In February 2016, Cuba and the United States signed a monumental agreement that allows up to 20 commercial flights from the U.S. to land in one of Caribbean country’s 10 airports each day. This event sparked travel fever among those who wish to see the marvelous colonial-style architecture, lush mountains, classic cars and abundant tropical pleasures for themselves. While there is a limit on commercial flights, there aren’t any for air charter services, making it convenient for travelers flying to Cuba on a private jet. So, pack your bags, bring an appetite and get ready to enjoy one of Latin America’s once-elusive treasures.
A Note about Tourism in Cuba
Despite being able to travel to Cuba on a commercial flight and the country having an official tourism website, tourism for the sake of recreation is still illegal. When you apply for a visa, your purpose for traveling to the island must fall under one of the 12 categories outlined by the U.S. Department of Treasury.
- Visiting family
- Official business on behalf of a government agency
- Journalistic activities
- Professional meetings
- Professional research
- Religious activities
- Educational activities
- Attending public competitions, performances, clinics, workshops and exhibits
- Supporting Cuban residents
- Humanitarian projects
- Activities for educational institutions, private foundations or research
- Authorized exports and imports
Travelers to Cuba no long have to worry about the per diem limits previously imposed on visitors. You may import up to $100 worth of tobacco or alcohol products, as well as up to $400 worth of goods purchased for personal use into the U.S. However, you may not use U.S. debit and credit cards within the country. In Cuba, cash is king.
IBEROSTAR Ensenachos | Villa Clara, Cayo Ensenachos
A 10-kilometer drive from the Cayo (Key) Las Brujas Airport, you’ll find IBEROSTAR Ensenachos on a small island surrounded by white sands and turquoise waters. The luxury, all-inclusive resort offers an amenity that too few accommodations offer—air conditioning in the lobby and bar. Your stay includes a staff member to attend to all your needs.
Royalton Hicacos Varadero Resort & Spa | Varadero, Matanzas
A luxury, all-inclusive adults-only resort on the Varadero peninsula, the Royalton Hicacos Varadero Resort & Spa is appointed with a multitude of natural elements that will make you feel as if you’re paradise. Flower-edged paths lead you to elegant two-level accommodations with private verandas that overlook the water. Fill your belly at the mini-village of cafes. Relax in the cool cigar emporium. End your evening at one of the two nightclubs. After your first stay, you’ll see why many guests are repeat visitors.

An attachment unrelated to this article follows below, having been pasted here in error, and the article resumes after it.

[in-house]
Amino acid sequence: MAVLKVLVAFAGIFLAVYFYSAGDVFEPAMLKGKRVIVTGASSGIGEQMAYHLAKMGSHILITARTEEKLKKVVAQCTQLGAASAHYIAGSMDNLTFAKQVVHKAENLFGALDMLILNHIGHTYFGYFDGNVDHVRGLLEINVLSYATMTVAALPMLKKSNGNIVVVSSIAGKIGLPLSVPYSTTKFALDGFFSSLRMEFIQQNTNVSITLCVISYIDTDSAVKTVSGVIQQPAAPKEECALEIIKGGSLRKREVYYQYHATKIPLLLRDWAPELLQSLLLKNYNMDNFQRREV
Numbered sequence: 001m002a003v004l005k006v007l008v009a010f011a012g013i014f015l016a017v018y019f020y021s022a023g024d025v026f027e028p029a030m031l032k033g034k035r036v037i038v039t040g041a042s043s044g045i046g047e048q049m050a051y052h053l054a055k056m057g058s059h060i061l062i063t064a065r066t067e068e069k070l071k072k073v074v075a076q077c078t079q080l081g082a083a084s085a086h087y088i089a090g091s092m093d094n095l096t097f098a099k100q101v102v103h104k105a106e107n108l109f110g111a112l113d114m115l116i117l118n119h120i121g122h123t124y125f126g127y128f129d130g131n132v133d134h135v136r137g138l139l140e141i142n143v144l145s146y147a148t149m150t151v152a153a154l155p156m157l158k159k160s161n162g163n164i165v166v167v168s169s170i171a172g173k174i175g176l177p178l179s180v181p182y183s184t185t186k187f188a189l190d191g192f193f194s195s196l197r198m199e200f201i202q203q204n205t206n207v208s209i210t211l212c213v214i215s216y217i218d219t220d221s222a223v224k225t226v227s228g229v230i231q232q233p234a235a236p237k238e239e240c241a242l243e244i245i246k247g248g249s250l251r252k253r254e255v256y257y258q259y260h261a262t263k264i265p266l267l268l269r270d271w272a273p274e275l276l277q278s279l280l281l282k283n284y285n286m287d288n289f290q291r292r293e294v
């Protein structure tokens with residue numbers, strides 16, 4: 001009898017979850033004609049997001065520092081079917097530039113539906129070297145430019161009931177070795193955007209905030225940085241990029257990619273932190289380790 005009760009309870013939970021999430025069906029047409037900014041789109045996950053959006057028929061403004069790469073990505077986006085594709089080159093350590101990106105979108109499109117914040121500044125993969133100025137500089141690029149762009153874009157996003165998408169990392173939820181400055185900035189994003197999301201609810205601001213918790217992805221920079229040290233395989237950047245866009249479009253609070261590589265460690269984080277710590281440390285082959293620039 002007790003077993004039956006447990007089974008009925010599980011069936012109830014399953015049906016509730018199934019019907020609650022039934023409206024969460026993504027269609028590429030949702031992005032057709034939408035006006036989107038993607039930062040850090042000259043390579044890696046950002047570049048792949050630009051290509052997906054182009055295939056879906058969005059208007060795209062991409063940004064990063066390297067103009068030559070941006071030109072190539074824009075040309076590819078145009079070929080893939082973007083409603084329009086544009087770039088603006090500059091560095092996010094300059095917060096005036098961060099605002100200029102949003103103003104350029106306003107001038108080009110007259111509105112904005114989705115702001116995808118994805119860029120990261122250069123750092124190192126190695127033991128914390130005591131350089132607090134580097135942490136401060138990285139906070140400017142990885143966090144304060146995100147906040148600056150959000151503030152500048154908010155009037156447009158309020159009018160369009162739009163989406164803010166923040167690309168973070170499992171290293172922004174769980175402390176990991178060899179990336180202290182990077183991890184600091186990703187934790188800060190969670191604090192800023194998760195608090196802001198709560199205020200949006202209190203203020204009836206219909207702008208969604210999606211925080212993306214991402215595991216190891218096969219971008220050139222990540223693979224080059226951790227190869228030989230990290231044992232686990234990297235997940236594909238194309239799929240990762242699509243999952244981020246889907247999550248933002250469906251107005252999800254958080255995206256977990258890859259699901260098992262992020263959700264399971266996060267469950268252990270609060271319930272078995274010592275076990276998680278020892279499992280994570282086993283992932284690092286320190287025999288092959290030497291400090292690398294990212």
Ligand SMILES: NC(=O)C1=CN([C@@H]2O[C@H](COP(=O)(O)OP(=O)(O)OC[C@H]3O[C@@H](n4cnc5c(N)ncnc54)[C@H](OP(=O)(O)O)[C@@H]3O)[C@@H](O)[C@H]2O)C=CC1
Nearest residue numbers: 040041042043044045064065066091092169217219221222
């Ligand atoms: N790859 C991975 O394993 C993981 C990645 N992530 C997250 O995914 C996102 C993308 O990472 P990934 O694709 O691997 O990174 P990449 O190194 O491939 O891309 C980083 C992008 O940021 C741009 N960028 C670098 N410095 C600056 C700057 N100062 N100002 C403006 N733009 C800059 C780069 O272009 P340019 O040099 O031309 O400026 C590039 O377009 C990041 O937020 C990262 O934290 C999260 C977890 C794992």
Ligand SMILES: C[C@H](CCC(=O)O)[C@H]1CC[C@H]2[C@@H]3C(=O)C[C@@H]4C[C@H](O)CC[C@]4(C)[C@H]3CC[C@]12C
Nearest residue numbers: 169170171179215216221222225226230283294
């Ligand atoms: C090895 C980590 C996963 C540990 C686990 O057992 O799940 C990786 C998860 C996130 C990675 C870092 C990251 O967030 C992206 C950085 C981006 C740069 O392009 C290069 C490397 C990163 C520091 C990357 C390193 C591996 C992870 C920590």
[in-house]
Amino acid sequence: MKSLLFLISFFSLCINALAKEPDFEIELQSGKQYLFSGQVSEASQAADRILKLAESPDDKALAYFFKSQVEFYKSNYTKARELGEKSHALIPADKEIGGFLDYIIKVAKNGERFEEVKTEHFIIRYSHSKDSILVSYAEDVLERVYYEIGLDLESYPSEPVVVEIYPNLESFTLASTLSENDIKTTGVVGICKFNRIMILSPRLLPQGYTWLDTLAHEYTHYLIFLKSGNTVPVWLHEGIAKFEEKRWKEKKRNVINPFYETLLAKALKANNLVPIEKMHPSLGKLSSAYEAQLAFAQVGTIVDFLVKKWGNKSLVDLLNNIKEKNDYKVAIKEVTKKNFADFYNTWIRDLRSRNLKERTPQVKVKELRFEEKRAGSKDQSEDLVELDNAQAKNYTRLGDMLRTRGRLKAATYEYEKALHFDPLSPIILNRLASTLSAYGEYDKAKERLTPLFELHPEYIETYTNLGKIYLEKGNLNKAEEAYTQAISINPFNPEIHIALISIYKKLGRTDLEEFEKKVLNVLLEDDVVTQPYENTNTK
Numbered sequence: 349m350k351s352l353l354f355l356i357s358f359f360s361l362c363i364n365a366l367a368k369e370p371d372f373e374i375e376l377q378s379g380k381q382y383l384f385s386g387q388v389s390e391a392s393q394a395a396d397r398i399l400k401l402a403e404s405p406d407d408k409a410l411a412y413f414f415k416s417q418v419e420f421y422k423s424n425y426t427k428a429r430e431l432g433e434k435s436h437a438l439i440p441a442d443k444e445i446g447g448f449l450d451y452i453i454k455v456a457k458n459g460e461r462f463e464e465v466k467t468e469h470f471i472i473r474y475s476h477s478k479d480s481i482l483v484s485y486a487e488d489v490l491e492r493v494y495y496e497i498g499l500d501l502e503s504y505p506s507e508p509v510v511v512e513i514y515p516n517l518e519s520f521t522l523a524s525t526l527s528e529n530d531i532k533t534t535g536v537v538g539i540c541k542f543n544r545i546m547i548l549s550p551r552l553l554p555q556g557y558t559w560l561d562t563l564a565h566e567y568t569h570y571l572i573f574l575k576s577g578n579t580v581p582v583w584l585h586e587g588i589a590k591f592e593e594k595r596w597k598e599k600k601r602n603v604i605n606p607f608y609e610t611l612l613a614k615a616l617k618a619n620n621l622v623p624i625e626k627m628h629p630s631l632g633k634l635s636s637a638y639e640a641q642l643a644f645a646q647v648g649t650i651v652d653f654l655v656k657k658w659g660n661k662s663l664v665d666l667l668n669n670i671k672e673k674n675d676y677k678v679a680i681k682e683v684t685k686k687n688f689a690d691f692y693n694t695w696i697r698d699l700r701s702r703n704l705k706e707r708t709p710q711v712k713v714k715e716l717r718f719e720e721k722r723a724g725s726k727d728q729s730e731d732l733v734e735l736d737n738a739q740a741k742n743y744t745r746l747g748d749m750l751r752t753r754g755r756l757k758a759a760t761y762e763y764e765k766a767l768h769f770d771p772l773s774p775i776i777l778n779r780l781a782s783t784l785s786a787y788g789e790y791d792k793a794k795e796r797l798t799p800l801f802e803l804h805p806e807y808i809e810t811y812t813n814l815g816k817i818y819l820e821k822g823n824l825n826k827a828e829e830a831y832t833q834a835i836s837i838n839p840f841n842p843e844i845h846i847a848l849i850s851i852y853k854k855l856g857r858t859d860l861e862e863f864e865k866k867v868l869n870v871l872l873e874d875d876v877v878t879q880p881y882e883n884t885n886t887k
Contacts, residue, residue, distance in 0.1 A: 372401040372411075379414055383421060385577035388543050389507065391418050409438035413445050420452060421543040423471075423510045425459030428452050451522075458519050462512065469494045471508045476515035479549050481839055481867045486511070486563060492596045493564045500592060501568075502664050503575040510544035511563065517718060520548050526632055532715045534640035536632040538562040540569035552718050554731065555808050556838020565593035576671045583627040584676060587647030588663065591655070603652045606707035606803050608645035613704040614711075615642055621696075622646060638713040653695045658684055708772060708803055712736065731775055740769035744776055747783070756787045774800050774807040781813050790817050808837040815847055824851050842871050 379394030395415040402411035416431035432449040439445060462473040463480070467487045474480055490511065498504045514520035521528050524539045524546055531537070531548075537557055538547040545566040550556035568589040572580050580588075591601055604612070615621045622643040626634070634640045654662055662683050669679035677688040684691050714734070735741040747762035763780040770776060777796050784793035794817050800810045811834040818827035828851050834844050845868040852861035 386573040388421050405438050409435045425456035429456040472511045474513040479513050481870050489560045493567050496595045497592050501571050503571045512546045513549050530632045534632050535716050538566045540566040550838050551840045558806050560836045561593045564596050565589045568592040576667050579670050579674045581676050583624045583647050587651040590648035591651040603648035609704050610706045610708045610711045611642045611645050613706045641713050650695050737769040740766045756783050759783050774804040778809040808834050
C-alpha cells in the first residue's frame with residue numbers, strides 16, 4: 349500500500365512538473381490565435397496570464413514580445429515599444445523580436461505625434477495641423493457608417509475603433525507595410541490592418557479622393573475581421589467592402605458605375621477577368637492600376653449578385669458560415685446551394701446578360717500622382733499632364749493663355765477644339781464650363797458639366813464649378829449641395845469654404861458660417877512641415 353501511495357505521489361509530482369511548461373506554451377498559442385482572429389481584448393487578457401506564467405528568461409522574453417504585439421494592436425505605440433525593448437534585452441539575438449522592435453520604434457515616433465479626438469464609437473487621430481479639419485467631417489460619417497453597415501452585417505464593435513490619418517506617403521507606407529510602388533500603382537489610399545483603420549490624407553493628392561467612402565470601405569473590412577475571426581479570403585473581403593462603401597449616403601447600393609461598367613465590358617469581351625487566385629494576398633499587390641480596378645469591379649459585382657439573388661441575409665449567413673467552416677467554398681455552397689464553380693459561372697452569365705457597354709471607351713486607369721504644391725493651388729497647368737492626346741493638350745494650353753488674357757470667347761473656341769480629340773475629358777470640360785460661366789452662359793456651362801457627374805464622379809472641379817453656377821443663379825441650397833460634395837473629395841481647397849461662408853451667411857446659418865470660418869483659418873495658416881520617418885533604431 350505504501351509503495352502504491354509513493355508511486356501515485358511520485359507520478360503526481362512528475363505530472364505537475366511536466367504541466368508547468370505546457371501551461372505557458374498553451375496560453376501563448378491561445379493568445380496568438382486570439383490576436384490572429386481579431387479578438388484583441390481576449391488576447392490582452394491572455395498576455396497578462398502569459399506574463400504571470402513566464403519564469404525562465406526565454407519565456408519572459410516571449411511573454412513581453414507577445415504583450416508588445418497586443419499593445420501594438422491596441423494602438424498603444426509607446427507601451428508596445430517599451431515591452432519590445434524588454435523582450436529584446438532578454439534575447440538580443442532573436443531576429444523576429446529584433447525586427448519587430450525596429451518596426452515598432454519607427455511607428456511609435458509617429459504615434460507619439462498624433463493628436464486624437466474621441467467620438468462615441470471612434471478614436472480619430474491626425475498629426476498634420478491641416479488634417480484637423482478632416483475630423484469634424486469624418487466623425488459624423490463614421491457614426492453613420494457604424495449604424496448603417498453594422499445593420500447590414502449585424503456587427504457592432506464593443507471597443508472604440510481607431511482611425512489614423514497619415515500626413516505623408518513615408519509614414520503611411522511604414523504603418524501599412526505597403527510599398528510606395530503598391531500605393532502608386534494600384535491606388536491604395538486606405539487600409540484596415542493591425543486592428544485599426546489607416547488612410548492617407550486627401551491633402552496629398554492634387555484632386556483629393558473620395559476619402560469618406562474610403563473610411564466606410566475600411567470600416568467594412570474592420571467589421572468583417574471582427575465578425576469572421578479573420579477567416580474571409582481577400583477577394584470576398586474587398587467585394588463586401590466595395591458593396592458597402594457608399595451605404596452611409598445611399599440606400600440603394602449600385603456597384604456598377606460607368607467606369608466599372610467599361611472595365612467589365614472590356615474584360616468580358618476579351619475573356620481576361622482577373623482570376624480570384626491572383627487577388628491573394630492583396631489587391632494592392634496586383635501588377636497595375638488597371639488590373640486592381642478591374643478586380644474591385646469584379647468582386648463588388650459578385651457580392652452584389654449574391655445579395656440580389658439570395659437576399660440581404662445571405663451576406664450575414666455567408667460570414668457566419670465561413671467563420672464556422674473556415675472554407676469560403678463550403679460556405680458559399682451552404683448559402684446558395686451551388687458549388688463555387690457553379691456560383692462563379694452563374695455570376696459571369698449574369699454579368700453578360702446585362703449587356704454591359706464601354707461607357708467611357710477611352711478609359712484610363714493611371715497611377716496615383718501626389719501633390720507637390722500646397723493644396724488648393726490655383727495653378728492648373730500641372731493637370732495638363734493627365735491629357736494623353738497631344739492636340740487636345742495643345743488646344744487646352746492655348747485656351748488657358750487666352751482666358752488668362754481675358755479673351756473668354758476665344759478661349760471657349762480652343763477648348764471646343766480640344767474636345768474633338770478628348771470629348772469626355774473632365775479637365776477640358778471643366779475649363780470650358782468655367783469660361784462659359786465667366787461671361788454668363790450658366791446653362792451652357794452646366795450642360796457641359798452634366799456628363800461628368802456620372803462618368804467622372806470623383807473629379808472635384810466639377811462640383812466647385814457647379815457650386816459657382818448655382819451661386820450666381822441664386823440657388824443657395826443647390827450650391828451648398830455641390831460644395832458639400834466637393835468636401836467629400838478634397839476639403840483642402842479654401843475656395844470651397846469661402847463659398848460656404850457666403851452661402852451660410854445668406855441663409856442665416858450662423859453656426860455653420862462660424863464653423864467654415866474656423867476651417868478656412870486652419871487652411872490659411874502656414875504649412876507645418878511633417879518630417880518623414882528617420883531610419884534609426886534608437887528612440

Paradisus Río de Oro Resort & Spa | Guardalavaca, Holguín
Another adult-only, all-inclusive resort, Paradisus Río de Oro Resort & Spa overlooks a stunning coral reef on Playa Esmeralda. The eco-resort boasts a botanical garden with an orchidarium, as well as some of the best spa services in the country. Sign up to receive Royal Services, which include exclusive amenities, such as reservation guarantees at the spa and restaurant, lounge receptions, dinner service in your room, tea and snack service, and more.
Palacio del Valle | Cienfuegos
One of the most elegant restaurants in the country, Palacio del Valle is an architectural gem. The gracious mansion features crystal chandeliers, marble columns, Moorish-style arches and other fine details. While the food is delicious, you won’t take your eyes off the surrounding ambiance. If you like seafood, you’ll love the lobster.
Santiago 1900 | Santiago de Cuba
Located in the Bacardi family’s former mansion, Santiago 1900 is a local standard. This is where you go to enjoy traditional Cuban dishes and an eloquent ambiance. You’ll love the antique furniture. Try the ropa vieja (shredded beef) with Moros y Cristianos (black beans and rice) and a side of yuca and tostones (friend green plantains).
El Mesón de Quijote | Varadero, Matanzas
One of the most romantic restaurants in the area, you’ll find El Mesón de Quijote on a grassy knoll, next to a stone tower that once served as part of an aqueduct system for the DuPont estate. The restaurant offers Spanish, Cuban and international dishes, perfect for those tired of resort buffets. Try the paella or fabada mainera (seafood bean stew).
Dancing in Cuba, as in other Latin American countries, is an essential part of life. Hit the nightclubs to mambo, or take in some traditional Cuban tunes at a local musical house, like Casa de la Trova in Santiago de Cuba. If you prefer to watch others dance, purchase tickets to the elite Ballet Nacional de Cuba.
Baseball is big in Cuba. The country’s National League has 17 teams in four divisions, and there’s always a ball game going on somewhere. Instead of body makeup, fans bring musical instruments to encourage their favorite players. The country’s main stadium is the Estadio Latinoamericano, two miles west of Havana’s Central Park.
When Christopher Columbus discovered the New World, his second stop was Cuba’s northeastern coast, where he met the Taíno tribe. Thanks to his accidental find, the world was introduced to words like barbakoa (barbeque), cacique, caiman, kanowa (canoe), hamaka (hammock), iwana (iguana), papaya, tobako (tobacco) and more. Learn about Cuba’s rich history at the Museo Masónico, a place that most tourists overlook. When you arrive to the museum, the guard will send you to the 11th floor, where you’ll receive a personal guide. Be sure to ask to take pictures from the rooftop.